Simulation data management emerges

  • 17-May-2011 04:07 EDT
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Data management tools for individuals and workgroups are integrated in the Altair Hyperworks desktop.

Engineering simulation is unique compared to other data used in product development, such as CAD or live test data. “Context is a key element in the value of simulation data,” explains Keith Meintjes, Research Director, CAE for Collaborative Product Development Associates (CPDA). Context means knowing what inputs produced the simulation result, such as the level of maturity of the design of the part or vehicle and other key, critical pieces of data. It also means knowing what simulation tools, simplifying assumptions, and versions of software were used. “CAE results data are temporary—these jobs produce many GB of data in each results file,” explains Meintjes. Engineers analyze these large data sets and develop reports and recommendations, which are long-lived. The raw results are not. Users delete them because of their large size. Add to this the fact that simulation data tends to be scattered throughout an organization—from corporate databases to shared drives to an engineer’s personal hard drive—means that a systematic means of tracking and using that data is vital.

This will become even more important as organizations rely on simulation to replace development hardware and physical testing. “All companies are basing their product development decisions on simulation,” explains Meintjes. He goes on to note that automotive OEMs are in some ways leading the development of SDM because of the sheer volume of simulations they use to develop designs and to assess critical vehicle performance requirements, from fuel economy to crash.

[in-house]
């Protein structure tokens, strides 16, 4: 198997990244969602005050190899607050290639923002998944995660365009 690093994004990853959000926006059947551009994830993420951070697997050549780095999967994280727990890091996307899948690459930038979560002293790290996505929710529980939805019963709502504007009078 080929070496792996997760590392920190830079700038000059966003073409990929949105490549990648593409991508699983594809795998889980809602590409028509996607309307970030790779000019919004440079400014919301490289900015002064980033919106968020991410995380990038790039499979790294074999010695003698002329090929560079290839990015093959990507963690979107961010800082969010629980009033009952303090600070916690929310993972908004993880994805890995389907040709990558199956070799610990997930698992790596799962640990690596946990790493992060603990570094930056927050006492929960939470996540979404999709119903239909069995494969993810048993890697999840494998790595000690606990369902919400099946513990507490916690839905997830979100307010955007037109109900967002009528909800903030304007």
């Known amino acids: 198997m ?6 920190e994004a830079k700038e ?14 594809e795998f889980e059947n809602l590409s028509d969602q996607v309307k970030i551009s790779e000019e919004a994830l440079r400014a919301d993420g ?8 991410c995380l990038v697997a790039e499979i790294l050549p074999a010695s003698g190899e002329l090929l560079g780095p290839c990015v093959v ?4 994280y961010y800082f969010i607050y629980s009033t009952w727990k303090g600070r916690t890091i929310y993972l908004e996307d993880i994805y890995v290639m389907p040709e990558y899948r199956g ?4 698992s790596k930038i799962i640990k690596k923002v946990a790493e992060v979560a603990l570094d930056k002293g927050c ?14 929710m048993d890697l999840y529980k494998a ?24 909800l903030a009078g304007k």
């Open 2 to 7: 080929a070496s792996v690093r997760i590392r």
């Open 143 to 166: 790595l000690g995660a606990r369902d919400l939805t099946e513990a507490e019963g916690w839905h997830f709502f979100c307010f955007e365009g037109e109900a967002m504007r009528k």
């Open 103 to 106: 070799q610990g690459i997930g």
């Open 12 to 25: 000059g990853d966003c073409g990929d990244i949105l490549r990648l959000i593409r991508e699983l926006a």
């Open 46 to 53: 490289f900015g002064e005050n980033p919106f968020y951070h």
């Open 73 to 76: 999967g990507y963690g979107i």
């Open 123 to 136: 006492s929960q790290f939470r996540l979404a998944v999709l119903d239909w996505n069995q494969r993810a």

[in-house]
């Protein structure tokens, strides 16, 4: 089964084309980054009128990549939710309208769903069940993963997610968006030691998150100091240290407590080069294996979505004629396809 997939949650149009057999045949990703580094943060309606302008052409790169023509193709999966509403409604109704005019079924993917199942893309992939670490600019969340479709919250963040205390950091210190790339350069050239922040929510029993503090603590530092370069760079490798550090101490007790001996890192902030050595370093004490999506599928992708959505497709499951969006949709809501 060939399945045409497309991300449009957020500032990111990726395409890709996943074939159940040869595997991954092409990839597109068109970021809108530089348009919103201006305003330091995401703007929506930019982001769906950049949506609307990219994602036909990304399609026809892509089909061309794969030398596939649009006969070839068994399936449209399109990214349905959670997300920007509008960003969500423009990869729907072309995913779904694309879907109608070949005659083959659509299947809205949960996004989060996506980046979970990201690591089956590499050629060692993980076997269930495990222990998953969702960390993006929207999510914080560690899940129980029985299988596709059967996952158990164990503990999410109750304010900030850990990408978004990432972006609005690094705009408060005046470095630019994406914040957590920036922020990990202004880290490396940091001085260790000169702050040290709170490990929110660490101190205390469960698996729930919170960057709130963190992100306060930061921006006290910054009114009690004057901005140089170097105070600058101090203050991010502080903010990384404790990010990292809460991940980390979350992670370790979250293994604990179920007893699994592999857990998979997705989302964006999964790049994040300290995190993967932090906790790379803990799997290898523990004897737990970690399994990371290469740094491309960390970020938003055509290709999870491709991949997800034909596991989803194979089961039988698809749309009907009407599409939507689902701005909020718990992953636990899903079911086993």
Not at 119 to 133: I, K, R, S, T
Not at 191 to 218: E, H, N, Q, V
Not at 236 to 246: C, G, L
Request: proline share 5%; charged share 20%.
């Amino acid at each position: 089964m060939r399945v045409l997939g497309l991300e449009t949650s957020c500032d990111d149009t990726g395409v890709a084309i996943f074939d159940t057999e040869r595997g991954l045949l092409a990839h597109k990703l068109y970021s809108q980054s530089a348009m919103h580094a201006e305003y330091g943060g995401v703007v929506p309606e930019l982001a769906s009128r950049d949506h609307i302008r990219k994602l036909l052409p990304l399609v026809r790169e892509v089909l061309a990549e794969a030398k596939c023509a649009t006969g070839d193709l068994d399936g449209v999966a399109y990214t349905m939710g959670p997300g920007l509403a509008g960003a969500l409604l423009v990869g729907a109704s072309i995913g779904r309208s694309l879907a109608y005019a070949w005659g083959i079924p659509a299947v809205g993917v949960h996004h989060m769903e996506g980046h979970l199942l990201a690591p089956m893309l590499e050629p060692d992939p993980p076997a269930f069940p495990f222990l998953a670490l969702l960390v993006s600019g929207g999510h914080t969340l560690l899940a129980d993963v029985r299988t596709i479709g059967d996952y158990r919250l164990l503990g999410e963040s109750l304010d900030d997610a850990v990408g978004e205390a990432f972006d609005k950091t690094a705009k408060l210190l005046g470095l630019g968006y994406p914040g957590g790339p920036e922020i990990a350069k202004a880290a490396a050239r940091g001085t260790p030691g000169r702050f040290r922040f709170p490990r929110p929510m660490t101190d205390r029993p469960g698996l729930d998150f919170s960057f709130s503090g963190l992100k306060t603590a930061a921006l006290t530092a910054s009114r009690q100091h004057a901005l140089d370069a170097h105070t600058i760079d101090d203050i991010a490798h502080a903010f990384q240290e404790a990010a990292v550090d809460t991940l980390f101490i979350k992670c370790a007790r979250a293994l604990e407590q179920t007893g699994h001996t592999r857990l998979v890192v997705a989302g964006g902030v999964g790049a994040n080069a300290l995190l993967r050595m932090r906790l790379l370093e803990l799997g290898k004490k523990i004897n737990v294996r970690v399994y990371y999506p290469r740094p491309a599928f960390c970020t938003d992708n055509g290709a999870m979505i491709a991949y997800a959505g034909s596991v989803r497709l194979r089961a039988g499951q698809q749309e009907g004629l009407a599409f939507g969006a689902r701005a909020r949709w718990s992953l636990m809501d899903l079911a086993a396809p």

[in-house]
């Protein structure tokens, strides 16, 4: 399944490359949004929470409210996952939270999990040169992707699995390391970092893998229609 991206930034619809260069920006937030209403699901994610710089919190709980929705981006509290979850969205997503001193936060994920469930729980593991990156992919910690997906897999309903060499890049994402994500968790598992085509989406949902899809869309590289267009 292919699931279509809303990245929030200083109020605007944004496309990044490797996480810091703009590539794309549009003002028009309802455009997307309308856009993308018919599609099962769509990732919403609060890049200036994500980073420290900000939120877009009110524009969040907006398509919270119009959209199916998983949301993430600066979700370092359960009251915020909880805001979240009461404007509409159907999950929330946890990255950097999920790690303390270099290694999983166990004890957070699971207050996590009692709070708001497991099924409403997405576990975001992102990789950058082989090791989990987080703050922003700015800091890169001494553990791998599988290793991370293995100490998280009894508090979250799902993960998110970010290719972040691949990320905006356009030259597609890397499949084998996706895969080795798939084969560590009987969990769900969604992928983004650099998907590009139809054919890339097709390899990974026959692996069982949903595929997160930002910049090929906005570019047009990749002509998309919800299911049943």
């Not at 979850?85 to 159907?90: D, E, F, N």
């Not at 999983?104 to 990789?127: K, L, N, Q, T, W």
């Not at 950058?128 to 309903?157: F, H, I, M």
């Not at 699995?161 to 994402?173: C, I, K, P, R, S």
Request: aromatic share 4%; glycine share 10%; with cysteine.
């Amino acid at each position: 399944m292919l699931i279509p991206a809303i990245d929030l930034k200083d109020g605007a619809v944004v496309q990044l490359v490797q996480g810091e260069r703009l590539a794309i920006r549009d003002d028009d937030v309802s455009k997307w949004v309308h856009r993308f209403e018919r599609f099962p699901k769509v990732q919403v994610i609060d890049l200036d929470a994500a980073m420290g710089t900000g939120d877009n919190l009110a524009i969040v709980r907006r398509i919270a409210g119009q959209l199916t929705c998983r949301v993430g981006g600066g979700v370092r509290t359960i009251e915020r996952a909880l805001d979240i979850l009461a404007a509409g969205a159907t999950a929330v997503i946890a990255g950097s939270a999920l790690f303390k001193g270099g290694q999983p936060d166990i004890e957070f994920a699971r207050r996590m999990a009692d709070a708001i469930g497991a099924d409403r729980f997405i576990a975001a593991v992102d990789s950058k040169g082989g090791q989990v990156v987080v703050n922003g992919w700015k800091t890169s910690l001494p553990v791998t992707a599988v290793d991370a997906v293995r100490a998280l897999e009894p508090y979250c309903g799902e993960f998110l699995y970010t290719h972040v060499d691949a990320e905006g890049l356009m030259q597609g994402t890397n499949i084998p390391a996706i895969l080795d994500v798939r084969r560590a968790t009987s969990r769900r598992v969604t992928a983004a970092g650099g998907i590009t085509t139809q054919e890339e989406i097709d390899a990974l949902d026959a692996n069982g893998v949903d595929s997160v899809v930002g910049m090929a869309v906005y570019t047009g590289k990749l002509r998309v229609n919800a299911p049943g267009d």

He explains that engineering software vendors are offering technologies from three different perspectives, based on their expertise and company history. Product Data Management (PDM) vendors such as Siemens and SIMULIA (from Dassault Systèmes) extend their PDM tools—typically used for CAD management—to the more context-oriented needs of SDM. Analysis vendors, such as Ansys and MSC Software, grew their offerings from the need to manage simulation projects. “More recently, there has been a third group of vendors, such as Altair and Phoenix Integration, who are very much approaching this as a desktop first application. Their emphasis is on first helping the individual engineers manage their data,” he explains. In all cases, these companies are striving to solve the same problem—organizing and maintaining the context of a simulation so engineers can examine and reuse simulations in the future.

He emphasizes that managing simulation data is most definitely not the same as managing CAD data. “CAE data is routinely deleted, and this is a completely different concept of operation from working with CAD data. [Many automotive OEMs] never delete anything out of their CAD data vault,” he explains. “Also, context is much less critical for CAD files. Think of it this way: CAD is a snapshot, CAE is a frame in a video.”

Reusability reduces cost and increases confidence. Knowing the context of a past simulation means those same results can be the starting point in a new, similar prototype design subjected to the same stress and boundary conditions. An SDM also speeds things up and reduces cost by automating inputs.This means more simulation runs and more variations in inputs contributing to robust design, understanding how a design will react to slight variations in use and loads. “We have seen companies that have taken [simulation] processes that used to take weeks and now are doing it in days or hours,” he says.

He goes on to note that many companies remain unsure of the benefits of SDM, especially when comparing those benefits to cost. “For some of these solutions, the cost is very high,” he says. However, the realization that this is not a PDM solution as used for CAD is growing. “There is a better realization of why the PDM business process does not apply.” He notes that managers of successful SDM projects that his company has spoken to are clear in their objectives and expectations. They typically first address individual and workgroup productivity rather than taking on broader corporate requirements such as global multisite synchronization and collaboration.

“Approach the elephant in small steps,” he cautions.

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